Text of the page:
Bikes and beaks take center stage this weekend on the Silicon Valley Tour de Coop.
The annual bicycle tour of backyard chicken coops, scheduled 9 a.m. to 4 p.m. Saturday, will feature approximately 31 “coopsters” – families that open their homes and coops for visitors to tour.
This year’s tour theme is “Sustainable Lifestyles.” Along with seeing residents’ fowl friends, coop stops will feature homemade lemonade, banana bread, gardens and beehives – examples of how coopsters stay committed to helping the environment through eco-friendly practices such as sourcing food at home.
“Some things tend to come and go, but for a lot of people, this is a lifestyle,” said tour organizer and Los Altos Hills resident Scott Vanderlip, who touted the tour as a great way to meet neighbors. “It’s one of the few events where people open their backyards to strangers to show their coops and their lifestyles.”
More than 800 participants have registered to take part in this year’s tour, and each will receive a map of the coop stops, which are arranged into bicycle loops ranging from 6 to 20 miles. Participants unable or unwilling to bike can drive to various coops.
“I think this year’s most popular loop will be the Los Altos-Los Altos Hills loop,” Vanderlip said. “We have a concentration of coops this year in the Los Altos-Los Altos Hills area. You can do an 8-mile tour and visit six coops, so it’s a nice concentration of coops without having to bike a lot.”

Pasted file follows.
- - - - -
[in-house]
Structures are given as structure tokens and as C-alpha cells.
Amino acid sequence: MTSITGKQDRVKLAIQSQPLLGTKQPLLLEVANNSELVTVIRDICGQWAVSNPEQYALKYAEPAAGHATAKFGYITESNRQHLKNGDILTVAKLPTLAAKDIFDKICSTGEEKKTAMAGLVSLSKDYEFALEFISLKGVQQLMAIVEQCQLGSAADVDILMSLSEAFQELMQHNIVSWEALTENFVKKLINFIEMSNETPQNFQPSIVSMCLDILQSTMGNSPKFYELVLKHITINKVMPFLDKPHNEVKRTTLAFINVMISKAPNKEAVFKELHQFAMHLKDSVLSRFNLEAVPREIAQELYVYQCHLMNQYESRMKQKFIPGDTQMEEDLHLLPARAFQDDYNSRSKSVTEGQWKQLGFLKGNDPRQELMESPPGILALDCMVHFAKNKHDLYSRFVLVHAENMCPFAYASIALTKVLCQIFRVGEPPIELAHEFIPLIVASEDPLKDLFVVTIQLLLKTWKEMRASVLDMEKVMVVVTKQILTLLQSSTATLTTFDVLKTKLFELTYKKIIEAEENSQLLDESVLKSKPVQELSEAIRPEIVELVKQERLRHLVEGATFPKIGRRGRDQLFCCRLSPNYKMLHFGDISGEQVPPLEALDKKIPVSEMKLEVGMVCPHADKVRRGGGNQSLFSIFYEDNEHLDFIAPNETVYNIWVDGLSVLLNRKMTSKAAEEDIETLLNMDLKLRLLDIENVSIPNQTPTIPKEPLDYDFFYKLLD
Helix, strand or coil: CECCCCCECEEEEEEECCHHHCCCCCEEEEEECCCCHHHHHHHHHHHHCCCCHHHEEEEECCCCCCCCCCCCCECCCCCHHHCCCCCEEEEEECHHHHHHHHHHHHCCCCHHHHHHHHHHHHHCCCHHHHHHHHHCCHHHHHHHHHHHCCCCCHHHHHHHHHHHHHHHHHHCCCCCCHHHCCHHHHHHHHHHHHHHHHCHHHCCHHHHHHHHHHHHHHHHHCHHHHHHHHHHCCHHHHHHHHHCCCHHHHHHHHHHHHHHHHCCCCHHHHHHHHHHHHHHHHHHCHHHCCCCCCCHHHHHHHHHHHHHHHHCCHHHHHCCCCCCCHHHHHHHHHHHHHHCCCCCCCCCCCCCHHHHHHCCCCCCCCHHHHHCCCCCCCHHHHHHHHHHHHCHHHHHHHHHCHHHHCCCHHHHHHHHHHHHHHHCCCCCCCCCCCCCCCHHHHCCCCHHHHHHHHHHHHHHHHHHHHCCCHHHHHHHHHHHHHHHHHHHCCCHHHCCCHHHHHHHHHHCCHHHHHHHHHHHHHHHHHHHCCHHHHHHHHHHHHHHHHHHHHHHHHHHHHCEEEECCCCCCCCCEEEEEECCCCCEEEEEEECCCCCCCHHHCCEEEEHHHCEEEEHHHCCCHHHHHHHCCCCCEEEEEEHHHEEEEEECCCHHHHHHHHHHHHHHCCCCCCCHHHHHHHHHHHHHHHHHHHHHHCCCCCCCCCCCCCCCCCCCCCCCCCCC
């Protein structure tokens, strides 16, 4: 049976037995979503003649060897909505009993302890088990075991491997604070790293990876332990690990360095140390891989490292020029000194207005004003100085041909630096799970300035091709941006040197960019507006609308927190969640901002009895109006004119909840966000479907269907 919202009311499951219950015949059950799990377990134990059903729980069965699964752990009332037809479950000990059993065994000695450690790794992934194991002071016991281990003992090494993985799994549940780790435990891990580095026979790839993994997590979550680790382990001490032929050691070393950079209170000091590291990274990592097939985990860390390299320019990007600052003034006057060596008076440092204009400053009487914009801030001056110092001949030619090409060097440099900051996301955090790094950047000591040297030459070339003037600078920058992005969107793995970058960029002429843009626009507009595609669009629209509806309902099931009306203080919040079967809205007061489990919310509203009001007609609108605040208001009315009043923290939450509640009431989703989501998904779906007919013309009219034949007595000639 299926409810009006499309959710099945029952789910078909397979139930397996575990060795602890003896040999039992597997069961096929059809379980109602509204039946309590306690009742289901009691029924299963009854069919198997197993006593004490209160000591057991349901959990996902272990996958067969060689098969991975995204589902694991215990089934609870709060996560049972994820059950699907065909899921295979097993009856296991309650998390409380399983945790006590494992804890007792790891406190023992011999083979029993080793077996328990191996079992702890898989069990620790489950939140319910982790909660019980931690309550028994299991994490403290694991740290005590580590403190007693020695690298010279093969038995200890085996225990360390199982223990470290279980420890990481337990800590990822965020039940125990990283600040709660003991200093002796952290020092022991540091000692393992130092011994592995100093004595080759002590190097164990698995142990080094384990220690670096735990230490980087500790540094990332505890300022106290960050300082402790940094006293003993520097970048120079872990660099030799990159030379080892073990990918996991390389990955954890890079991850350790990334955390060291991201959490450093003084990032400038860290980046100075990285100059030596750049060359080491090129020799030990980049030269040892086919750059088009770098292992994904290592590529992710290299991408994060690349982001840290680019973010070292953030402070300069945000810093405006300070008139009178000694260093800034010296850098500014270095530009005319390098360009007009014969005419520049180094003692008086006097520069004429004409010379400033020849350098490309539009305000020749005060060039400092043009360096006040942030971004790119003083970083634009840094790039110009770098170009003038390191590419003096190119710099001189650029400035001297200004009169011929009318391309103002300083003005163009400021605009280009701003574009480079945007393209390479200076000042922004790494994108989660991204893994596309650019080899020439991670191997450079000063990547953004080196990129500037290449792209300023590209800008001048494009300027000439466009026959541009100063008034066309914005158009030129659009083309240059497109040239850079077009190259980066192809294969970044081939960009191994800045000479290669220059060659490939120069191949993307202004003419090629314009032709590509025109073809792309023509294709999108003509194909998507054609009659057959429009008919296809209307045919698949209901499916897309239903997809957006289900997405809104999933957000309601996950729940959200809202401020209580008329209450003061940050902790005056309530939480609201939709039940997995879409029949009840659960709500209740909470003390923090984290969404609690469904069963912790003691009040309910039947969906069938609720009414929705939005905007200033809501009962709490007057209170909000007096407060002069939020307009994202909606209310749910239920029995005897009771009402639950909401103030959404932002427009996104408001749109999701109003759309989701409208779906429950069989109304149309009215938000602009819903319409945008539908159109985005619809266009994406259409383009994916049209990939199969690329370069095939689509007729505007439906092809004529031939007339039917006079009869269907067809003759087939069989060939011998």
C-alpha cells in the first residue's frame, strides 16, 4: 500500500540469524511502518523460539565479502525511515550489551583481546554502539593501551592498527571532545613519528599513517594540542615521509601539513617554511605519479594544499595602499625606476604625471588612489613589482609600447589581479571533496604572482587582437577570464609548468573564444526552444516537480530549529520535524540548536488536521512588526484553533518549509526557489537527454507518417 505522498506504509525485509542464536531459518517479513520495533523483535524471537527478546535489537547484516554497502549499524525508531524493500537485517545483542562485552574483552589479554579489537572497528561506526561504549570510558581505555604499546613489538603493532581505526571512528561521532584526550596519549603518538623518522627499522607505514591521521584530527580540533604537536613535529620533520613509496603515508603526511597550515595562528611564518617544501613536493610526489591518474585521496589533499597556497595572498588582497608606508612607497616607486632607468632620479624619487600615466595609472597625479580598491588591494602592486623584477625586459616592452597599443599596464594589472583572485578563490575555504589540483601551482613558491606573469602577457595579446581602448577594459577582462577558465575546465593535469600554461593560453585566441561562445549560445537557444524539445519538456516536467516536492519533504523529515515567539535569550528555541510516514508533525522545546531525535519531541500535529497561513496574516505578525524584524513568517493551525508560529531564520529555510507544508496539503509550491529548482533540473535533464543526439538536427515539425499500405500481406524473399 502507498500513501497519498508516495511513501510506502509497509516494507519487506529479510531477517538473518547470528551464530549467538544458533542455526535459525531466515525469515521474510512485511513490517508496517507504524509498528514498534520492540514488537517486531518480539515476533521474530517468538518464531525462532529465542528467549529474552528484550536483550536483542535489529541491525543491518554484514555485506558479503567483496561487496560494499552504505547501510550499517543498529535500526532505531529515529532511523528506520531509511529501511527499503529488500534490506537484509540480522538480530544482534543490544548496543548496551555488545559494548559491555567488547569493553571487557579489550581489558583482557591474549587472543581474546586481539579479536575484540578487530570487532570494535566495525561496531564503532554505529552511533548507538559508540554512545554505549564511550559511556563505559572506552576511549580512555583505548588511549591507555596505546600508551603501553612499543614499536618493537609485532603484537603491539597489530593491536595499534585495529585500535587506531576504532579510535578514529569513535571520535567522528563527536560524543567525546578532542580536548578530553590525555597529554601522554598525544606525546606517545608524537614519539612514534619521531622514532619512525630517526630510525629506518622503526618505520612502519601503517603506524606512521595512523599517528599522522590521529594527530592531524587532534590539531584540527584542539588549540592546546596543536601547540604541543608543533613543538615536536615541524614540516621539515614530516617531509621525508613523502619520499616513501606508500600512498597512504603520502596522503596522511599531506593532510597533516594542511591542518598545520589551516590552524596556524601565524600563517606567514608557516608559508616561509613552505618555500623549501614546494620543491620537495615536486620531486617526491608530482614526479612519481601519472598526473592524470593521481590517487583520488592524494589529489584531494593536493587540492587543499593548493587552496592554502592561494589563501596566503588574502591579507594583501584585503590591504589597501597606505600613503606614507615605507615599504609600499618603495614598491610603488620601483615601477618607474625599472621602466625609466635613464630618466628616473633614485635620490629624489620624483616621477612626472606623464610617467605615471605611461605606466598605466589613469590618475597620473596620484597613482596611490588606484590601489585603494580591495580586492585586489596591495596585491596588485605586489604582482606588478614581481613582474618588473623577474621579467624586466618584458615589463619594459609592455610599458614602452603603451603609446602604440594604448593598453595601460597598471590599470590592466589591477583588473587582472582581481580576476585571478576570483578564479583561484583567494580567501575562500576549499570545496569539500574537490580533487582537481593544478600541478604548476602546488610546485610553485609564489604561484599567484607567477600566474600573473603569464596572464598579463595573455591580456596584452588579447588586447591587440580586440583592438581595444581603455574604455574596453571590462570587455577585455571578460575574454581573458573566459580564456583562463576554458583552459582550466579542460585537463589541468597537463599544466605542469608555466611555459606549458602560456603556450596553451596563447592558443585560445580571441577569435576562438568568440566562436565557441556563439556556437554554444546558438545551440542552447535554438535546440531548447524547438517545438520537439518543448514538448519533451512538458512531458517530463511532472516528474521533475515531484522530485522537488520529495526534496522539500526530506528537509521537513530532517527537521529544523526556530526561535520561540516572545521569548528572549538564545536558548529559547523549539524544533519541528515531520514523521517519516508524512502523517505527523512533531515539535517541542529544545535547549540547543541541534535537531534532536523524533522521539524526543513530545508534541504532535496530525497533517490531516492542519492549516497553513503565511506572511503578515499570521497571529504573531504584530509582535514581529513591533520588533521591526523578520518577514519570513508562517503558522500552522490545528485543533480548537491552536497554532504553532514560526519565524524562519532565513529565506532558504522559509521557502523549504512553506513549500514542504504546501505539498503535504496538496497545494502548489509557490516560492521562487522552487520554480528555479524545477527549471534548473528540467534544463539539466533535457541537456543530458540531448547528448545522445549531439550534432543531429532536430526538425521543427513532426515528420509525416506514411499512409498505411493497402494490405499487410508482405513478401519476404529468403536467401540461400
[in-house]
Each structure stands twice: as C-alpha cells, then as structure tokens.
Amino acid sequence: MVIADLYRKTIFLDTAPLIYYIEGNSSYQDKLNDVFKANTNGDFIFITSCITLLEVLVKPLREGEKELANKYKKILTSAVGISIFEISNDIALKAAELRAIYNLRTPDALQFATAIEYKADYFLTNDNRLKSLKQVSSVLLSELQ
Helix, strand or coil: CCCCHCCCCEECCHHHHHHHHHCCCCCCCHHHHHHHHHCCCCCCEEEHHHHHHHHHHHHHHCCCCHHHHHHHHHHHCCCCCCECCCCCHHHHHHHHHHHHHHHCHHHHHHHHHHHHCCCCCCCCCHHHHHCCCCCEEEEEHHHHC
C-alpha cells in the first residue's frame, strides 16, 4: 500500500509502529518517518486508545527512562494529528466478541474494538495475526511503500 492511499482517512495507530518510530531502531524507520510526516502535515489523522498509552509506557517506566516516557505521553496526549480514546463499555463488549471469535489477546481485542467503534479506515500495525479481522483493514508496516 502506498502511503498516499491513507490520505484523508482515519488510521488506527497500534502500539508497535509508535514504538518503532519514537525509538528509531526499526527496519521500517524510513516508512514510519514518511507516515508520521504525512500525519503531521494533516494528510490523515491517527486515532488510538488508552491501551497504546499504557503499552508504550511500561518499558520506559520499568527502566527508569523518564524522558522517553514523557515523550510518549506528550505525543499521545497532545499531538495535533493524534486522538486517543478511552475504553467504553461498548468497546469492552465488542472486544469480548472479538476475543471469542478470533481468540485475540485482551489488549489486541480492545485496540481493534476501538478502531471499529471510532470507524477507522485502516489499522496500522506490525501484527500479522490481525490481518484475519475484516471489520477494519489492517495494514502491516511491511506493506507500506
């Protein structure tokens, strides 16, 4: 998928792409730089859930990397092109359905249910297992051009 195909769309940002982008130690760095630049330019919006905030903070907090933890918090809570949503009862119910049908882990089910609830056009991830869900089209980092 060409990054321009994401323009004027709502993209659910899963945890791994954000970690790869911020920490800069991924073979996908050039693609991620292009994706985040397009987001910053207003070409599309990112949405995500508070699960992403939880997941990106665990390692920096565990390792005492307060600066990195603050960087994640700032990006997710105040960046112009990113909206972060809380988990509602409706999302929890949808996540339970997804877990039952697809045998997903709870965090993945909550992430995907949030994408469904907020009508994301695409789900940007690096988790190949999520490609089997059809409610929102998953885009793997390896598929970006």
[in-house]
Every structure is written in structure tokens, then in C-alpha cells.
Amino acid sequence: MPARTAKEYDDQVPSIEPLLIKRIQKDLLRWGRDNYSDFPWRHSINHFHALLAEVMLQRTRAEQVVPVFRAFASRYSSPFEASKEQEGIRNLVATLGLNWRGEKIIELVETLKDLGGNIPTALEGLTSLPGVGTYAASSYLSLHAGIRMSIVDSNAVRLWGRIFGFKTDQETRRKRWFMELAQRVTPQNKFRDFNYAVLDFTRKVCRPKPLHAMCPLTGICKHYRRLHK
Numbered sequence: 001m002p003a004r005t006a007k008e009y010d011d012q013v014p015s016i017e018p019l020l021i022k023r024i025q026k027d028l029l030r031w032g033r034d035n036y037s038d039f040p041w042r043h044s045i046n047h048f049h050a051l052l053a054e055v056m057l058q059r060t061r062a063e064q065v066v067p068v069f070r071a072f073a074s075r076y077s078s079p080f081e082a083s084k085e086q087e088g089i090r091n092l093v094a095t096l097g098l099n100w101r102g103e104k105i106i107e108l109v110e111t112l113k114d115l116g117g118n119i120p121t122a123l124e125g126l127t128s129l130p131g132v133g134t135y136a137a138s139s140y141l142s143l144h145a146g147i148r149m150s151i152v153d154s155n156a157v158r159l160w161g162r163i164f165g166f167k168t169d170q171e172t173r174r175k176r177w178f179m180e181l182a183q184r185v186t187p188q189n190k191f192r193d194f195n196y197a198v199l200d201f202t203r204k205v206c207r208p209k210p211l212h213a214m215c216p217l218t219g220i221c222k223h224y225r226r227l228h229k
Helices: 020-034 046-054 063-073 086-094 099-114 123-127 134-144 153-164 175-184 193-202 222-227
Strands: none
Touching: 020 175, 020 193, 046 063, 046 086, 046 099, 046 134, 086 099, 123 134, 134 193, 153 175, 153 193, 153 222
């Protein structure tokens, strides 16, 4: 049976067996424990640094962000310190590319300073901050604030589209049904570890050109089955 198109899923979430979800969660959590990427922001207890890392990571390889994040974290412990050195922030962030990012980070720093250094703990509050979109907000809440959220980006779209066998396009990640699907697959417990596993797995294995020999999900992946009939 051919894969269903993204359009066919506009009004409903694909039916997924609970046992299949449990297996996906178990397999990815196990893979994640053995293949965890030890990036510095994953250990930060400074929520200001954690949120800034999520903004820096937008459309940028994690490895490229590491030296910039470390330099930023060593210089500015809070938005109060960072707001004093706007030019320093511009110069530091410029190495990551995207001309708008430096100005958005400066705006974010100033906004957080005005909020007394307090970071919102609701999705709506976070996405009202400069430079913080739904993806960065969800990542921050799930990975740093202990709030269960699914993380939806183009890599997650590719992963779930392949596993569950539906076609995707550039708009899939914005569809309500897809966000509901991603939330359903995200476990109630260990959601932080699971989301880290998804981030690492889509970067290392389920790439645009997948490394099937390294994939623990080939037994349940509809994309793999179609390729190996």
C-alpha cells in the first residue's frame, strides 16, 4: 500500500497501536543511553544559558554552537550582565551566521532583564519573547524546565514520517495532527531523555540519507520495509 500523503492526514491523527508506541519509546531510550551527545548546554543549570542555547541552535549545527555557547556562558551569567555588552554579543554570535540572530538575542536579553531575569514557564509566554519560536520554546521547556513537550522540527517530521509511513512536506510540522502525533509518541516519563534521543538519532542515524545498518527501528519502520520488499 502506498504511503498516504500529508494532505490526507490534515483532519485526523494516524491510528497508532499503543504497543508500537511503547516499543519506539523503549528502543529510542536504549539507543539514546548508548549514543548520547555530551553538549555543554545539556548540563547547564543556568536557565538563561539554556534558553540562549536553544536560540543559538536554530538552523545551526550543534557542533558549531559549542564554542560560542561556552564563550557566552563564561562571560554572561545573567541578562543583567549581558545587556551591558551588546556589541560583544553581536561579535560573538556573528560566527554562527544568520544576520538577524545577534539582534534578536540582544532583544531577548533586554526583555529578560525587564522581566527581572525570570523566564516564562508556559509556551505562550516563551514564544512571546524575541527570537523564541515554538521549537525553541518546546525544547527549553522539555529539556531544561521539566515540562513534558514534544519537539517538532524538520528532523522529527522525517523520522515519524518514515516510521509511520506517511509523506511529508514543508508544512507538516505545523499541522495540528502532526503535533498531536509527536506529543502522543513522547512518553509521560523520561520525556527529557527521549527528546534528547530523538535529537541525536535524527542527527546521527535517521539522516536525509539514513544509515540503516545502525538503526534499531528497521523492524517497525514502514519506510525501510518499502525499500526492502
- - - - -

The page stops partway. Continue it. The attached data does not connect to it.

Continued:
First-time coopster and new chicken owner Noelle Weyer will be showcasing her “Chick-Inn,” the home of her family’s four chickens: a Barred Plymouth Rock named Starla, a Rhode Island Red named Rosie, a Black Australorp named Olivia and a Buff Orpington named Pip.
“I’d seen signs and people bicycling around in previous years, and I’d always had a little bit of an interest in chickens,” Weyer said. “We had an old playhouse in our backyard. We’d been tossing the idea around for quite some time about transitioning it into a chicken coop and getting some chickens, and the timing just happened to be right this year for us to do that this spring.”
The Weyer family incorporated recycled materials – including the playhouse, an old vegetable bed and Tupperware to house the chicks – when designing the “Chick-Inn.”
“We were able to take a lot of scrap wood, or things that were used when the kids were young, and turn it into something that we think looks pretty neat and unique to our backyard,” Weyer said.
The Tour de Coop is free.
To register and for a map of participating coop stops, visit tourdecoop.org.